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Correspondence |

Assess Dental Plaque and Suction-Extricated Bacteria Adequately FREE TO VIEW

Hiromitsu Kishimoto, DDS, PhD; Masahiro Urade, DDS, PhD
Author and Funding Information

From the Department of Oral and Maxillofacial Surgery, Hyogo College of Medicine.

Correspondence to: Hiromitsu Kishimoto, DDS, PhD, Department of Oral and Maxillofacial Surgery, Hyogo College of Medicine, 1-1, Mukogawa-cho, Nishinomiya, Hyogo 663-8501, Japan; e-mail: kisihiro@hyo-med.ac.jp


Financial/nonfinancial disclosures: The authors have reported to CHEST that no potential conflicts of interest exist with any companies/organizations whose products or services may be discussed in this article.

Reproduction of this article is prohibited without written permission from the American College of Chest Physicians (www.chestjournal.org/site/misc/reprints.xhtml).


© 2010 American College of Chest Physicians


Chest. 2010;137(2):500. doi:10.1378/chest.09-1686
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To the Editor:

We read with great interest the recent article in CHEST (August 2009) by Pobo et al1 concerning dental brushing for preventing ventilator-associated pneumonia (VAP). Since dental plaque can serve as a bacterial reservoir2 that may cause VAP, oral care regimens that remove dental plaque could reduce the incidence of VAP.3 Toothbrushes are generally regarded as the best tools for plaque removal. For example, Fields reported they could drop the VAP rate close to zero by toothbrushing intubated patients every 8 h.4 However, the study by Pobo et al1 did not demonstrate the effectiveness of electric toothbrushing in addition to standard oral care for the prevention of VAP.

At this stage, we should not conclude that toothbrushing is not necessarily required in oral care for VAP prevention. We would indicate three problems in this study. First, neither dental plaque nor microbial flora was examined between the two groups. As the effectiveness of toothbrushing depends on using toothbrushes in a proper fashion, deposition of dental plaque should be quantified. Second, care regimens in the intervention (toothbrush) group seems to be inadequate. The control group was subjected to a standard oral care regimen where a gauze containing 0.12% chlorhexidine digluconate was applied to teeth, tongue, and mucosal surfaces. Then, 10 mL of chlorhexidine digluconate was injected into the oral cavity, which was then aspirated after 30 s. Besides the intervention described for the control group, toothbrushing was performed, and finally the tongue was also brushed. If the oral care is performed in the author’s order, there is no suction after brushing the teeth and tongue. Therefore, to collect extricated bacteria originally contained in dental plaque by toothbrushing, deep oropharyngeal suctioning after toothbrushing is also essential. Moreover, the incidence of VAP exceeds 20% of the study population, which is high compared to other studies.4,5 It seems that this number is disputable if the VAP bundle is properly practiced, which should include oral care. Third, in the “Discussion” section the authors stated that a lack of compliance with measures preventing VAP was not checked in their study.1 For these reasons, we expect new trials to be performed under new, precise protocols that should confirm the removal of dental plaque after toothbrushing and the suction of extricated bacteria from the teeth or tongue.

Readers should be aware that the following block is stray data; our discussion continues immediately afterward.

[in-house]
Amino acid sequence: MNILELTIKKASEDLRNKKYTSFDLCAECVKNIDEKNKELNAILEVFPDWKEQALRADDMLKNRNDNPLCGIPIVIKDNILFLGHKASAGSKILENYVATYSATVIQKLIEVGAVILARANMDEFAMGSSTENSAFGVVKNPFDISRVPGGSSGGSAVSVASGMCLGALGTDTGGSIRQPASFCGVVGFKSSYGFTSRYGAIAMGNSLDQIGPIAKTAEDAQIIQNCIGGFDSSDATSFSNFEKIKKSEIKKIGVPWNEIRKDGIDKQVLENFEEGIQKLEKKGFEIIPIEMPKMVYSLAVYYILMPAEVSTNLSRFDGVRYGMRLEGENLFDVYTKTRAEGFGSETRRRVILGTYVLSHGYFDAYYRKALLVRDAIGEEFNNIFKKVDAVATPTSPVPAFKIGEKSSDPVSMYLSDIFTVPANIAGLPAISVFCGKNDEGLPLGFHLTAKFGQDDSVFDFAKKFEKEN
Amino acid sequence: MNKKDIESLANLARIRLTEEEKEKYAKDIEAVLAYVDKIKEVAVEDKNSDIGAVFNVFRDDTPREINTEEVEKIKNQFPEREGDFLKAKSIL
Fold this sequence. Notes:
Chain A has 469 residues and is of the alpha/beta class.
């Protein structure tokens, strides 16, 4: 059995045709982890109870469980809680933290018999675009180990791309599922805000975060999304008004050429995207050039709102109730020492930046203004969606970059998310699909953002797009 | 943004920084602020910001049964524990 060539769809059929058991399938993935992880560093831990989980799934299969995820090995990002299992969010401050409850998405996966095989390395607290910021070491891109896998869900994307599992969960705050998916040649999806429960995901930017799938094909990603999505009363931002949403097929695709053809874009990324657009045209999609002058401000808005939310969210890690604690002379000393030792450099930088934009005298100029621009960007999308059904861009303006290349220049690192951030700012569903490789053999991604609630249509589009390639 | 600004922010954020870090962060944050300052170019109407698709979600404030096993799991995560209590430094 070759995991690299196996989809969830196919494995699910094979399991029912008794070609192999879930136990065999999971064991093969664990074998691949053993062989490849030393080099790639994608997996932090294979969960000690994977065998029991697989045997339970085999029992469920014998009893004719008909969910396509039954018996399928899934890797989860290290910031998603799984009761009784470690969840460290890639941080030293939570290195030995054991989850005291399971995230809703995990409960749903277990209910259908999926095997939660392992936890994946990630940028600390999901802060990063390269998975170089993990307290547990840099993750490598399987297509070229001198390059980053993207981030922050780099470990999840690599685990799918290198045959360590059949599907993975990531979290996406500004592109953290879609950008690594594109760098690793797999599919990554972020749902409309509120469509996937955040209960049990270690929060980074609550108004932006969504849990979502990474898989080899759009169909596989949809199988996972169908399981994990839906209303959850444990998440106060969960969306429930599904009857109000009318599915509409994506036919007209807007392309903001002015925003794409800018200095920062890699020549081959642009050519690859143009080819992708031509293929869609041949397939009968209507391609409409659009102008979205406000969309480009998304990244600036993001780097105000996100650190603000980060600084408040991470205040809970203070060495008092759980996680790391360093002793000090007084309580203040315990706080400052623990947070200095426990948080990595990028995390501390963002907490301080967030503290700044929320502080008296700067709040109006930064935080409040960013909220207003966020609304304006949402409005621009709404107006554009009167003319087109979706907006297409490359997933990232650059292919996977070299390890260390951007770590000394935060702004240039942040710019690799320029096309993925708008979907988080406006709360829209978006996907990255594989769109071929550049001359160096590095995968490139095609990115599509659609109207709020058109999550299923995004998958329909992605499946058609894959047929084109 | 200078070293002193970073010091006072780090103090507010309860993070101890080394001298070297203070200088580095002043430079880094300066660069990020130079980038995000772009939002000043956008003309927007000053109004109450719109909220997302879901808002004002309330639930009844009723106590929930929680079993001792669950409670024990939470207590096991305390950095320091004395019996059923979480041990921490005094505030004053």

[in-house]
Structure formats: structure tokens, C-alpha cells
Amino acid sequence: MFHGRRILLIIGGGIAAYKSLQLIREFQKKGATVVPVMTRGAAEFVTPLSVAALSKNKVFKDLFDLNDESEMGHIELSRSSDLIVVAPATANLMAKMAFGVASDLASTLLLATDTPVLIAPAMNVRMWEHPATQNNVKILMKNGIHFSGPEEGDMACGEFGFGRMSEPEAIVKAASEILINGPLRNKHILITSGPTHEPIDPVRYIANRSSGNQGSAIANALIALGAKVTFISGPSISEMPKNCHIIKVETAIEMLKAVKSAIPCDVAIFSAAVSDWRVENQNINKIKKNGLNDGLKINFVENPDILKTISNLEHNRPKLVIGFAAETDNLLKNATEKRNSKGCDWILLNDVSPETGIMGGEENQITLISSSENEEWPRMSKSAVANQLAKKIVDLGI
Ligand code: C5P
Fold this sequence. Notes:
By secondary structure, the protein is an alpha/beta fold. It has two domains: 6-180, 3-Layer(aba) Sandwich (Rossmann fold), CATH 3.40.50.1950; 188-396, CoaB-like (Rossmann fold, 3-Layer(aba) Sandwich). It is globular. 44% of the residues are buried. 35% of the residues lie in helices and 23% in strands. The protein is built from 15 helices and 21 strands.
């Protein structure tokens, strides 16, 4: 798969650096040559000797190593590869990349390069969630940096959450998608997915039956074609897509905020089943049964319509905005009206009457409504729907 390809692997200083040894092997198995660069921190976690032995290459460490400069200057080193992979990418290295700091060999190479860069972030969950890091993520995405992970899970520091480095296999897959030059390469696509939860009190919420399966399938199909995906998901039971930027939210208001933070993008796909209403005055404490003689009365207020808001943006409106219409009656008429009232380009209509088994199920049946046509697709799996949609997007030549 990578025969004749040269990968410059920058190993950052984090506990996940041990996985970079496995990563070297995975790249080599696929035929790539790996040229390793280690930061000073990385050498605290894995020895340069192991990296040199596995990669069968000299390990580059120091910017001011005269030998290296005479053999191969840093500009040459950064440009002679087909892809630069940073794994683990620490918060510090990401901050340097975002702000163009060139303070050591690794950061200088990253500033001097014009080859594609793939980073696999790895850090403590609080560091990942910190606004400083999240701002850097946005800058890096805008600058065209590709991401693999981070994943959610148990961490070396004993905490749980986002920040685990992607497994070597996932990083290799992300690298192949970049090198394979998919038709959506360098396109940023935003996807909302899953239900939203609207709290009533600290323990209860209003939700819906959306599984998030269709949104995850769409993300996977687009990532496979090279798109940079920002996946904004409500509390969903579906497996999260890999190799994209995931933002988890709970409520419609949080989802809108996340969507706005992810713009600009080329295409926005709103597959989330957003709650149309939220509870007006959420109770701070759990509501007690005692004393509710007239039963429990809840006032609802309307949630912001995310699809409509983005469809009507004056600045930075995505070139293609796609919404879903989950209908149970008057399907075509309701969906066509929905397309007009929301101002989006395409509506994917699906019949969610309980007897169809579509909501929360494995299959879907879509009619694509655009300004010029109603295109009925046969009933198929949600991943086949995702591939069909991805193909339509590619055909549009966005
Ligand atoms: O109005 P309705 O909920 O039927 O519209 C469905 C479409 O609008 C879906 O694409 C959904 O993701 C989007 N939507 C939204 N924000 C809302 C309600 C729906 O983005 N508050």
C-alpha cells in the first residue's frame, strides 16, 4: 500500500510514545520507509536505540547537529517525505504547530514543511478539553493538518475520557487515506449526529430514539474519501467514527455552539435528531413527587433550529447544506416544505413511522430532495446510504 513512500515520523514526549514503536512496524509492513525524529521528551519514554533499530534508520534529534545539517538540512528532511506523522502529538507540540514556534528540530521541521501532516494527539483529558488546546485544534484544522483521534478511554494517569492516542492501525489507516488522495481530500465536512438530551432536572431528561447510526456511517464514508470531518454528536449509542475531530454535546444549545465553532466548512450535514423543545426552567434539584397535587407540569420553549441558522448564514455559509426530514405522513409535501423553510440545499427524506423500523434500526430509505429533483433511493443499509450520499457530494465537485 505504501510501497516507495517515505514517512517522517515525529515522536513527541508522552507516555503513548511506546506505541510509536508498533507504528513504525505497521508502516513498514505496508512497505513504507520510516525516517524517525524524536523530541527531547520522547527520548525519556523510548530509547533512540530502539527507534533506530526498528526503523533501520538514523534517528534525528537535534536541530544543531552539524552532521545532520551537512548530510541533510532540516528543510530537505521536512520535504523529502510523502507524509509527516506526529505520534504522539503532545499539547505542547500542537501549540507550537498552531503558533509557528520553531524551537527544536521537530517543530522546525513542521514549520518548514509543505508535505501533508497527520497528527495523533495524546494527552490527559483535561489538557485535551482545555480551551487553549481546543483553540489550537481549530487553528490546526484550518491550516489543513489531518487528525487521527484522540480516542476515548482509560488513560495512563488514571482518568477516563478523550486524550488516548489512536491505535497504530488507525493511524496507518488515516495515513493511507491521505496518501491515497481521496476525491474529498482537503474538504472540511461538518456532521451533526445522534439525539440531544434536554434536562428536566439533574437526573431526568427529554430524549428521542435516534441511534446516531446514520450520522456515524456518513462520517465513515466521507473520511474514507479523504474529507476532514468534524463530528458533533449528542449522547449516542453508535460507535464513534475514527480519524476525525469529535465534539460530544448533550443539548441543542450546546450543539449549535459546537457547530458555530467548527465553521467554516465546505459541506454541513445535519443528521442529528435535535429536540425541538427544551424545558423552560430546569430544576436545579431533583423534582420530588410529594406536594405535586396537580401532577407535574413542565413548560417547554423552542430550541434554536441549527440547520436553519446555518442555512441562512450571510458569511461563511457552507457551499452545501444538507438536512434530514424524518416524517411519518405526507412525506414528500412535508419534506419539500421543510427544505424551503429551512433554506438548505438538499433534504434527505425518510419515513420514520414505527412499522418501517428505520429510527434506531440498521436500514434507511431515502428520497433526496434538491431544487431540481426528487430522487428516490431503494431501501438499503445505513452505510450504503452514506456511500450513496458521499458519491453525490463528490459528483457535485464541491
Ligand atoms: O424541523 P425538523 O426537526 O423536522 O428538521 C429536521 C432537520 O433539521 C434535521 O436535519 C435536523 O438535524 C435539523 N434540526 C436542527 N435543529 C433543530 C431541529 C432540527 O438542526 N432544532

Pobo A, Lisboa T, Rodriguez A, et al. A randomized trial of dental brushing for preventing ventilator-associated pneumonia. Chest. 2009;1362:433-439. [CrossRef] [PubMed]
 
Scannapieco FA. Role of oral bacteria in respiratory infection. J Periodontol. 1999;707:793-802. [CrossRef] [PubMed]
 
Munro CL, Grap MJ. Oral health and care in the intensive care unit: state of the science. Am J Crit Care. 2004;131:25-33. [PubMed]
 
Fields LB. Oral care intervention to reduce incidence of ventilator-associated pneumonia in the neurologic intensive care unit. J Neurosci Nurs. 2008;405:291-298. [CrossRef] [PubMed]
 
Youngquist P, Carroll M, Farber M, et al. Implementing a ventilator bundle in a community hospital. Jt Comm J Qual Patient Saf. 2007;334:219-225. [PubMed]
 

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References

Pobo A, Lisboa T, Rodriguez A, et al. A randomized trial of dental brushing for preventing ventilator-associated pneumonia. Chest. 2009;1362:433-439. [CrossRef] [PubMed]
 
Scannapieco FA. Role of oral bacteria in respiratory infection. J Periodontol. 1999;707:793-802. [CrossRef] [PubMed]
 
Munro CL, Grap MJ. Oral health and care in the intensive care unit: state of the science. Am J Crit Care. 2004;131:25-33. [PubMed]
 
Fields LB. Oral care intervention to reduce incidence of ventilator-associated pneumonia in the neurologic intensive care unit. J Neurosci Nurs. 2008;405:291-298. [CrossRef] [PubMed]
 
Youngquist P, Carroll M, Farber M, et al. Implementing a ventilator bundle in a community hospital. Jt Comm J Qual Patient Saf. 2007;334:219-225. [PubMed]
 
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